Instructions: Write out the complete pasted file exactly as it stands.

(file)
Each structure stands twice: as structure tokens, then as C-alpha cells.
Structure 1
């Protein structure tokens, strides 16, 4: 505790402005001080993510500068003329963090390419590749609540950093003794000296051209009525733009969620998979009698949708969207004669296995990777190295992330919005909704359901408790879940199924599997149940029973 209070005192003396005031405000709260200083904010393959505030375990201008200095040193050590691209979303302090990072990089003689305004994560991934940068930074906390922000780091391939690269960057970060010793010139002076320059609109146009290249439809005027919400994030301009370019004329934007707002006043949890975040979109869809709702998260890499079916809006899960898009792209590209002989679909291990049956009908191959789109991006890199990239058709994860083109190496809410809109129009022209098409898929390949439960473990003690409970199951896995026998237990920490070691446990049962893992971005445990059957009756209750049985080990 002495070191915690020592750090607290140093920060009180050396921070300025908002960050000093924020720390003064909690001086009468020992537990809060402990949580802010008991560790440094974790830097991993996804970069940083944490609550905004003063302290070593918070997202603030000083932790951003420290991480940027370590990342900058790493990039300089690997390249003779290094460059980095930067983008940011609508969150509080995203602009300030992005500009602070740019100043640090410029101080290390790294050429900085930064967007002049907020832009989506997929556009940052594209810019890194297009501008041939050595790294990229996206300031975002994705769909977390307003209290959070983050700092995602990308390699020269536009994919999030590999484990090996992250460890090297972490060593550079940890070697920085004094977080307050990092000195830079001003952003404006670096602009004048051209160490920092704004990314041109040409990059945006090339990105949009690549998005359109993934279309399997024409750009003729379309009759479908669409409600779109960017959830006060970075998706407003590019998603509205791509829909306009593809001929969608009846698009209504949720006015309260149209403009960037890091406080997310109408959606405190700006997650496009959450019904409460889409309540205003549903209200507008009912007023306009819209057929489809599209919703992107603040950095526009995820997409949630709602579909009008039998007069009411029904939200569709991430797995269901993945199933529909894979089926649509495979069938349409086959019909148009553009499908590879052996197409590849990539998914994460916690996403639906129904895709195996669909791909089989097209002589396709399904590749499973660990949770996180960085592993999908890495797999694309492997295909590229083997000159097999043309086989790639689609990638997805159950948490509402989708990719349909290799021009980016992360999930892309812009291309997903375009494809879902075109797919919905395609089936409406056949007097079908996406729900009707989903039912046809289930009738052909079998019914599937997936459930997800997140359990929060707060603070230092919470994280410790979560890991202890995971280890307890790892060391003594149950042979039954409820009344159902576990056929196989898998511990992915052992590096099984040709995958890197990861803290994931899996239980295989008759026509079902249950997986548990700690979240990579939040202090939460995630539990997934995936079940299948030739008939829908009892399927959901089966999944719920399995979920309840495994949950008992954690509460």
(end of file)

Each structure stands twice: as structure tokens, then as C-alpha cells.
Structure 1
């Protein structure tokens, strides 16, 4: 505790402005001080993510500068003329963090390419590749609540950093003794000296051209009525733009969620998979009698949708969207004669296995990777190295992330919005909704359901408790879940199924599997149940029973 209070005192003396005031405000709260200083904010393959505030375990201008200095040193050590691209979303302090990072990089003689305004994560991934940068930074906390922000780091391939690269960057970060010793010139002076320059609109146009290249439809005027919400994030301009370019004329934007707002006043949890975040979109869809709702998260890499079916809006899960898009792209590209002989679909291990049956009908191959789109991006890199990239058709994860083109190496809410809109129009022209098409898929390949439960473990003690409970199951896995026998237990920490070691446990049962893992971005445990059957009756209750049985080990 002495070191915690020592750090607290140093920060009180050396921070300025908002960050000093924020720390003064909690001086009468020992537990809060402990949580802010008991560790440094974790830097991993996804970069940083944490609550905004003063302290070593918070997202603030000083932790951003420290991480940027370590990342900058790493990039300089690997390249003779290094460059980095930067983008940011609508969150509080995203602009300030992005500009602070740019100043640090410029101080290390790294050429900085930064967007002049907020832009989506997929556009940052594209810019890194297009501008041939050595790294990229996206300031975002994705769909977390307003209290959070983050700092995602990308390699020269536009994919999030590999484990090996992250460890090297972490060593550079940890070697920085004094977080307050990092000195830079001003952003404006670096602009004048051209160490920092704004990314041109040409990059945006090339990105949009690549998005359109993934279309399997024409750009003729379309009759479908669409409600779109960017959830006060970075998706407003590019998603509205791509829909306009593809001929969608009846698009209504949720006015309260149209403009960037890091406080997310109408959606405190700006997650496009959450019904409460889409309540205003549903209200507008009912007023306009819209057929489809599209919703992107603040950095526009995820997409949630709602579909009008039998007069009411029904939200569709991430797995269901993945199933529909894979089926649509495979069938349409086959019909148009553009499908590879052996197409590849990539998914994460916690996403639906129904895709195996669909791909089989097209002589396709399904590749499973660990949770996180960085592993999908890495797999694309492997295909590229083997000159097999043309086989790639689609990638997805159950948490509402989708990719349909290799021009980016992360999930892309812009291309997903375009494809879902075109797919919905395609089936409406056949007097079908996406729900009707989903039912046809289930009738052909079998019914599937997936459930997800997140359990929060707060603070230092919470994280410790979560890991202890995971280890307890790892060391003594149950042979039954409820009344159902576990056929196989898998511990992915052992590096099984040709995958890197990861803290994931899996239980295989008759026509079902249950997986548990700690979240990579939040202090939460995630539990997934995936079940299948030739008939829908009892399927959901089966999944719920399995979920309840495994949950008992954690509460």